Expropriation without compensation is a great idea as long as it happens to someone else.
That is one of the key findings of an opinion poll released on Wednesday by the Institute of Race Relations.
The poll‚ dubbed The Criterion Report‚ found that “support for expropriation without compensation collapses when [people] are asked whether the government should be able to take land they own themselves. Ninety% of voters are ‘somewhat’ or ‘strongly’ opposed to this.”
The IRR questioned 978 people by telephone‚ and in its first set of results earlier this week it said the EFF had doubled its support to 13% while the ANC had dropped from 62% to 52%.
In the first of its quarterly surveys‚ the institute found that more than a quarter of voters (27%) have not even heard of expropriation without compensation.
Among those who had‚ 41% opposed it‚ 30% supported it‚ 51% believed an alternative should be found and 17% said no land reform was needed.
Gareth van Onselen‚ the head of politics and governance at the IRR‚ said there was a “stark disjuncture” between blacks and “minority” voters when they were asked about “taking land from whites without paying”. Some 37% of blacks but only 3% of whites backed the idea.
“However‚ there is stronger support across demographics for an alternative approach‚ either willing buyer-willing seller or the redistribution of government land.”
More than a third of black voters (37%) said all land should be owned by the government‚ compared with 9% of minority voters.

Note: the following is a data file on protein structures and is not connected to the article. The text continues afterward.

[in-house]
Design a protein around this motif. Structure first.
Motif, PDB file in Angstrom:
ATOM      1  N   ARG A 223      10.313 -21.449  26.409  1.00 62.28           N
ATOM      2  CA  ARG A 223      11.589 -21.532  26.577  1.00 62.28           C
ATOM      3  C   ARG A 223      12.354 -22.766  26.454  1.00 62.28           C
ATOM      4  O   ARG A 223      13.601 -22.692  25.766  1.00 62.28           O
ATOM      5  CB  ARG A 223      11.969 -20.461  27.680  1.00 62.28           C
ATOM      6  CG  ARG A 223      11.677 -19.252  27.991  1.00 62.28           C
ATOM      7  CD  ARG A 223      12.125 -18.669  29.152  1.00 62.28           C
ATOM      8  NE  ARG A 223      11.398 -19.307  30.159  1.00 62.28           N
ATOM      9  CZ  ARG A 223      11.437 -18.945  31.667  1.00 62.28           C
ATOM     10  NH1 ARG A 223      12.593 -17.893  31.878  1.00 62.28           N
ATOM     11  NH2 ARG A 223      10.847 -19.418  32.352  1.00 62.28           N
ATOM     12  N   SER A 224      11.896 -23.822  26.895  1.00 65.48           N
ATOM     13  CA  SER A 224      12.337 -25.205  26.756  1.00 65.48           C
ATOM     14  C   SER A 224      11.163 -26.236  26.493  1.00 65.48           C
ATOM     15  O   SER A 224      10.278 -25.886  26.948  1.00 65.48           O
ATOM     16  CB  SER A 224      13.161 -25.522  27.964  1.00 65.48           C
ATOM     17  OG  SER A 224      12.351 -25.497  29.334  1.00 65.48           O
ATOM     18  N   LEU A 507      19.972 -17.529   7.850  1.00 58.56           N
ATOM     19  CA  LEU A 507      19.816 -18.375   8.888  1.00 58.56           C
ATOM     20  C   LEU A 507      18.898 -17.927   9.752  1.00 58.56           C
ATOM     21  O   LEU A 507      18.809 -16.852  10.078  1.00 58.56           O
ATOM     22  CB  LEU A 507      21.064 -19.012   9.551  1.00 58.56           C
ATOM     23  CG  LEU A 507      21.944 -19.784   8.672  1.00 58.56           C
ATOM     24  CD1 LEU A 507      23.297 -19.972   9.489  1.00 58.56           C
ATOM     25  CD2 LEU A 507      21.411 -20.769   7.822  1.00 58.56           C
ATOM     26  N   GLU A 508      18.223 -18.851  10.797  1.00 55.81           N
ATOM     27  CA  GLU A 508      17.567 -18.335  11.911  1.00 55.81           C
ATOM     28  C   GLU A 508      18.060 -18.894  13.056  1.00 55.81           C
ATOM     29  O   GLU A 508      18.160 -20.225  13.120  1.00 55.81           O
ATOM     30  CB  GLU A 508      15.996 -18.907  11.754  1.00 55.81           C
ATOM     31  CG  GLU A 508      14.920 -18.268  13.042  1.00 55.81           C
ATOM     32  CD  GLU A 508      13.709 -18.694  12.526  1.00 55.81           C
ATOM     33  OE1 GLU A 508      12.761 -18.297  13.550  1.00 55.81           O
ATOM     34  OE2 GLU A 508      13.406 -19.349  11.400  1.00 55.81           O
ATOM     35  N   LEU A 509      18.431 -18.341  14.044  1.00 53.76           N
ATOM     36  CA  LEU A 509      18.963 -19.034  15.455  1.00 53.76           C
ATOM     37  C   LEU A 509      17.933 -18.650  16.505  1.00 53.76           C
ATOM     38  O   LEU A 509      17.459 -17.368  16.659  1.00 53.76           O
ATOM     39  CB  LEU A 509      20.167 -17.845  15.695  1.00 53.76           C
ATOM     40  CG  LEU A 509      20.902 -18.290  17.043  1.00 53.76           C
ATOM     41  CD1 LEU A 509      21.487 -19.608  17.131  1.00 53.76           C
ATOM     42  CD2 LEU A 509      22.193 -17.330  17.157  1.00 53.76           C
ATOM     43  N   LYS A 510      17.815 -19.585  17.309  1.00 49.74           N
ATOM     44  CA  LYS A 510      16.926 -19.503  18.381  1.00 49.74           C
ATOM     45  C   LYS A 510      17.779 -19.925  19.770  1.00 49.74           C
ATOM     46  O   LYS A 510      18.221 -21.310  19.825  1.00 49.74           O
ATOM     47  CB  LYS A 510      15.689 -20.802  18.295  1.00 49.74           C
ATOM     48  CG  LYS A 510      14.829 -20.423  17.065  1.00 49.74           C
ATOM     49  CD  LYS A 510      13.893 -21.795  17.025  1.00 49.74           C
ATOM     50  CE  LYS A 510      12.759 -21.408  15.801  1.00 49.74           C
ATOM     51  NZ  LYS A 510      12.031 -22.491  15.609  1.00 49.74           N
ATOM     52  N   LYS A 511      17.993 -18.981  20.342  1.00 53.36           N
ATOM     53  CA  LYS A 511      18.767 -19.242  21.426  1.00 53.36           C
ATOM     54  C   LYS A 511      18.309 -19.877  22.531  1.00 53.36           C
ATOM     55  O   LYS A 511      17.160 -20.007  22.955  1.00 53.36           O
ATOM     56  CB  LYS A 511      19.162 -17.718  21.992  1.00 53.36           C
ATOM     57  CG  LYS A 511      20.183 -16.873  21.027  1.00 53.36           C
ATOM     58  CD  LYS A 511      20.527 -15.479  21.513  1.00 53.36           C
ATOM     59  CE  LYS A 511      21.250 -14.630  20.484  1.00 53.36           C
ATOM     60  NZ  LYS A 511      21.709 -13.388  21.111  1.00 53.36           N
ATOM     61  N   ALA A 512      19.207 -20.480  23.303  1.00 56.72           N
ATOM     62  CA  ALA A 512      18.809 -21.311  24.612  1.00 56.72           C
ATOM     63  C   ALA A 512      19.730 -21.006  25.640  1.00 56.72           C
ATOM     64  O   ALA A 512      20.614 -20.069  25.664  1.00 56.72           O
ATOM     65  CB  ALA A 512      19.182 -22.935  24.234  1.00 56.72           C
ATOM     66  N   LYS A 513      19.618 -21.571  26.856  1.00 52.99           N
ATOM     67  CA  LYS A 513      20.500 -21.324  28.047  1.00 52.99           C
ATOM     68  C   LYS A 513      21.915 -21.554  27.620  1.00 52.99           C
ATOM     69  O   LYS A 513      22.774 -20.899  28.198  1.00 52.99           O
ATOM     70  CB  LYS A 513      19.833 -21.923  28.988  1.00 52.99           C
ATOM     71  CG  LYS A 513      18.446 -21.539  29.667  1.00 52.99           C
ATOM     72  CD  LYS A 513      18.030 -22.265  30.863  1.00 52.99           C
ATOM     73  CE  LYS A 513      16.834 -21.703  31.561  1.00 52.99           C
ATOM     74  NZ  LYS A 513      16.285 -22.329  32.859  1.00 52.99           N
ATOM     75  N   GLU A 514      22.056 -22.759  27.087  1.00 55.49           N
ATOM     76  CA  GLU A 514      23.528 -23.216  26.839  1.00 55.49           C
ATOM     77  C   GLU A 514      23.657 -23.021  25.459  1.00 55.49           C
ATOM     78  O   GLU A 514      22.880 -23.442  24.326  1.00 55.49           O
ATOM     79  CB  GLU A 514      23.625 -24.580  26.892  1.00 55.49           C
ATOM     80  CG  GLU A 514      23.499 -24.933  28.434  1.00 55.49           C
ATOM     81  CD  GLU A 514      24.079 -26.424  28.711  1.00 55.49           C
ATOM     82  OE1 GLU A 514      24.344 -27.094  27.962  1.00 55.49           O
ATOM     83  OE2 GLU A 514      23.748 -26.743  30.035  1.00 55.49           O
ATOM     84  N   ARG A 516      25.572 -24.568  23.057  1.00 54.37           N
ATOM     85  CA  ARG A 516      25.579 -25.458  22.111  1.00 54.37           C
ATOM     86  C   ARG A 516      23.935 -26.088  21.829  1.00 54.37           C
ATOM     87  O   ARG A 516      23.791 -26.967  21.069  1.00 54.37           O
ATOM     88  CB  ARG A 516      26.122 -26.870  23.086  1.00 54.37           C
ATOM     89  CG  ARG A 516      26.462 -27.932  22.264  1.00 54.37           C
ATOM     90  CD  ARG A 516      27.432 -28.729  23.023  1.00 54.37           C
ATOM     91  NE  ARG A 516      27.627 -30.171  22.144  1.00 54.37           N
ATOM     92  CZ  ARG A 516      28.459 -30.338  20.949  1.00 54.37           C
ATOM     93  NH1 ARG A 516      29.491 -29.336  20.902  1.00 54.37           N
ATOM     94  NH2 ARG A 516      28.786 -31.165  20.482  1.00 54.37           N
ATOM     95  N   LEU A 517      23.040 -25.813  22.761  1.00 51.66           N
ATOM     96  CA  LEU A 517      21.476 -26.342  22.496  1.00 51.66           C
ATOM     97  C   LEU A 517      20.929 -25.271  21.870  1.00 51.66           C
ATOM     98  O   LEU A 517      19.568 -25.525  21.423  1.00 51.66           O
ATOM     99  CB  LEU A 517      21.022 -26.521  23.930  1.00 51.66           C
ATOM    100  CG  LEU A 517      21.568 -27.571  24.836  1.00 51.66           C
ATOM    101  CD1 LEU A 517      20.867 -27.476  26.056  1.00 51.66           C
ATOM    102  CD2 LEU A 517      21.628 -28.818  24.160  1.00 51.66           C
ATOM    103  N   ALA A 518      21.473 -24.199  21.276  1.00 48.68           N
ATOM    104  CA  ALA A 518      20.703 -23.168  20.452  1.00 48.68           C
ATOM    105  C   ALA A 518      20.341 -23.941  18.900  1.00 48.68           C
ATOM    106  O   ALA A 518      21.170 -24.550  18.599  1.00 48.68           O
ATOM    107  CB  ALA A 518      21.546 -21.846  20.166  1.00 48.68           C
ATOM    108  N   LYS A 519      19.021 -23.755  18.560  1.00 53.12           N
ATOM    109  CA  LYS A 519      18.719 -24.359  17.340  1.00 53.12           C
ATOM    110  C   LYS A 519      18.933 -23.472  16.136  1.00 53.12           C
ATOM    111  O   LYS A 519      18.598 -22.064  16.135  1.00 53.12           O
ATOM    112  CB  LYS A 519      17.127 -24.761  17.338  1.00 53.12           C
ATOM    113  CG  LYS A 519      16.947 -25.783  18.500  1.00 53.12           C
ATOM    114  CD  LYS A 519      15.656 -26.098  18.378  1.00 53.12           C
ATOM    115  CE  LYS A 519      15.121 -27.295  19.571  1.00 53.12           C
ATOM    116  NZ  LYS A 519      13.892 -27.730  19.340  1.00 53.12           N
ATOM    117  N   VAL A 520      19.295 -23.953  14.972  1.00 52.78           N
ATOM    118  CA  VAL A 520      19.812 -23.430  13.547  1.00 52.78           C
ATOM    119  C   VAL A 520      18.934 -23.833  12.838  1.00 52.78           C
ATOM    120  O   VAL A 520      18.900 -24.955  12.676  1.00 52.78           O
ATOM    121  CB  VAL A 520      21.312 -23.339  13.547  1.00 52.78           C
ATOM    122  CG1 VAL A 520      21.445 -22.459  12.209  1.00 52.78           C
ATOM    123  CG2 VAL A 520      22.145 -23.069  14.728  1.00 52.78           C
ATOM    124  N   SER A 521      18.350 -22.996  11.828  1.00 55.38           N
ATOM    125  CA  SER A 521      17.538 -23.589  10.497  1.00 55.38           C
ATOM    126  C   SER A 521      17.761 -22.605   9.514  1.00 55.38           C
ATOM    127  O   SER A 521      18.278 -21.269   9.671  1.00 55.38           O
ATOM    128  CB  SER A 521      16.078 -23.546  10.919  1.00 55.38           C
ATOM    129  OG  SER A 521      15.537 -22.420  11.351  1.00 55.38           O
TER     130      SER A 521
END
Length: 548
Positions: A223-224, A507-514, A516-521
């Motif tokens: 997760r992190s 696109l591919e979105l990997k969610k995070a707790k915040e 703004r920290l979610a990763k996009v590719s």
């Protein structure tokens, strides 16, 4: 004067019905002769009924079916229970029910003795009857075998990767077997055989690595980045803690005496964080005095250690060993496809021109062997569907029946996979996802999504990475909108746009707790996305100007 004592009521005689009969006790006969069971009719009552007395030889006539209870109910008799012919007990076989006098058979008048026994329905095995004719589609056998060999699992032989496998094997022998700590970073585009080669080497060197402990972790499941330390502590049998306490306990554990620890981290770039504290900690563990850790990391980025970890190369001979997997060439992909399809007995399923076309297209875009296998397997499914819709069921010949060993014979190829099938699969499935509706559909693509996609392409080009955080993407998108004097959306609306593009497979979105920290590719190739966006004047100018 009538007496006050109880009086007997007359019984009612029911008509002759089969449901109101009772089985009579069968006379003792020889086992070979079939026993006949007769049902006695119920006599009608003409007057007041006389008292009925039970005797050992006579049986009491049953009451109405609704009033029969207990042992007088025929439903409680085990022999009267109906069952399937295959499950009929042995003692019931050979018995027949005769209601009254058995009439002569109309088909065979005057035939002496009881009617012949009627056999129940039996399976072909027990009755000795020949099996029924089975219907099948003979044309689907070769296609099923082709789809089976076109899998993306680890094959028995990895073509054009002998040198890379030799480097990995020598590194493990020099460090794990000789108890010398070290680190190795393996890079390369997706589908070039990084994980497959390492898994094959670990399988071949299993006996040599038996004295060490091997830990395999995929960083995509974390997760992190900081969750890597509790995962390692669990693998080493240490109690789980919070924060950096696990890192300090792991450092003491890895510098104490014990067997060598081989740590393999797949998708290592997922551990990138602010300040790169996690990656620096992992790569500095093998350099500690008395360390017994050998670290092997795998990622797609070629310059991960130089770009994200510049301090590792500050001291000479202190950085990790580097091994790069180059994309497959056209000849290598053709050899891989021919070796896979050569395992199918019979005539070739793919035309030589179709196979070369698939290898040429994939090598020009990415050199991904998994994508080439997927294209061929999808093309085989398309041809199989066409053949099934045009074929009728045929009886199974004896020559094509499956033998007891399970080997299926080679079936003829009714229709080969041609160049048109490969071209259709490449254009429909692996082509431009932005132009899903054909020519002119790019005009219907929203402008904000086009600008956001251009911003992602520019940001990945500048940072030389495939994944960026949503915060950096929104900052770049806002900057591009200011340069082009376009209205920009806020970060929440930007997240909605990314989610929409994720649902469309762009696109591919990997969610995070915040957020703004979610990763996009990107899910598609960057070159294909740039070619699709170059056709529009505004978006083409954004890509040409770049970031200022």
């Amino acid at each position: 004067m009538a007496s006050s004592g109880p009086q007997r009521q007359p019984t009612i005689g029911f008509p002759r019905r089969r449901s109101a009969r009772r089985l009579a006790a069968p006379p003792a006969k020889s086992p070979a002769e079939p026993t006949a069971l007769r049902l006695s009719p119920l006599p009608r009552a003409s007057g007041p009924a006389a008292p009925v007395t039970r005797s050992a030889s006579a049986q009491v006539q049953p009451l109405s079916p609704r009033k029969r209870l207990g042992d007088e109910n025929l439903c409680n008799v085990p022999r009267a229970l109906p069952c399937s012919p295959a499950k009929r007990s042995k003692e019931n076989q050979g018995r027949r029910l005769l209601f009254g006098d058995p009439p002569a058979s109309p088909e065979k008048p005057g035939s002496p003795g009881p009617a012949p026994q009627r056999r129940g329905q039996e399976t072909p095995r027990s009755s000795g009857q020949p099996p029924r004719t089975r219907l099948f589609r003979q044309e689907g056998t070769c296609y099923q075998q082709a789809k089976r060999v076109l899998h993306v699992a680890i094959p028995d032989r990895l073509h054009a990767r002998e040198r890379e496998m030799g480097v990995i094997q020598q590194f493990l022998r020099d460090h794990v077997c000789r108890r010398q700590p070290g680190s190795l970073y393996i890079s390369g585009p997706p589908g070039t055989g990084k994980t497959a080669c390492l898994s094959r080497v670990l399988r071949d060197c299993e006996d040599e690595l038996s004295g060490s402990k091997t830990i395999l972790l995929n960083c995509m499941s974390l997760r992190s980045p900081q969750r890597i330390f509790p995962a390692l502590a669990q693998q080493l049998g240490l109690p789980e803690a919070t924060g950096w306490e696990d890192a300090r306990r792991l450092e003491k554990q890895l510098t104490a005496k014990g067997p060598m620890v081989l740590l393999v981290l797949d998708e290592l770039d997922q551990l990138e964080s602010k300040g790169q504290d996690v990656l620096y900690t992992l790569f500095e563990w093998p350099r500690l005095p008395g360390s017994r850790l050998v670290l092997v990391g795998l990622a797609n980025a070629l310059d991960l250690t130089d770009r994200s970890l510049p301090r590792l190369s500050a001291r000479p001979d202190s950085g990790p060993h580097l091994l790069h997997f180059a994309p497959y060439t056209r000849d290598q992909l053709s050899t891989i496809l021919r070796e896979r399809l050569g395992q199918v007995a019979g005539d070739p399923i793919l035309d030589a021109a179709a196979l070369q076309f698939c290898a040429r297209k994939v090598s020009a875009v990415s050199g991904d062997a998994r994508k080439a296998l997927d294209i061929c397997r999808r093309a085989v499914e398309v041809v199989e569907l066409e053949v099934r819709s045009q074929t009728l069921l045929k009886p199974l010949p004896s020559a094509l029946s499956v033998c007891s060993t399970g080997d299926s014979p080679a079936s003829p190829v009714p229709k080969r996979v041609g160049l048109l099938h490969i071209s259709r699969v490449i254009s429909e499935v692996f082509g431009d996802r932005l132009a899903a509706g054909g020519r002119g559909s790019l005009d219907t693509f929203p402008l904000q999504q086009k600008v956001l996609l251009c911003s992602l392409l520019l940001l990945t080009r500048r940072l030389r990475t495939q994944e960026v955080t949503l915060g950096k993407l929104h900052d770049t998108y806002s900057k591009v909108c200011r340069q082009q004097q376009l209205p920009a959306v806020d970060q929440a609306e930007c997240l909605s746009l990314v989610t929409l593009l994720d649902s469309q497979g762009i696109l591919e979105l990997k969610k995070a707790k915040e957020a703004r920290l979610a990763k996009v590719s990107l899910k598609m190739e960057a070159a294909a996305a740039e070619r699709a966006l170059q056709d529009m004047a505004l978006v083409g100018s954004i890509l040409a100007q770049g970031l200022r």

“The majority of all voters‚ across a range of questions on land‚ either do not support the policy — choosing instead to support private property rights — or support alternative reform policies to expropriation without compoensation‚” said Van Onselen.
The finding that 90% of voters opposed having their own land taken was “a significant insight. It suggests that those political parties which have a vested interest in countering the EFF’s narrative [that all land should be owned by the state] need to be able to demonstrate the practical implications of the policy for individuals.
“If they can do that‚ support for the policy falls dramatically. The poll suggests that those who support the policy of expropriation without compensation do so only when it applies to other people; when it is applied to them‚ they reject it.”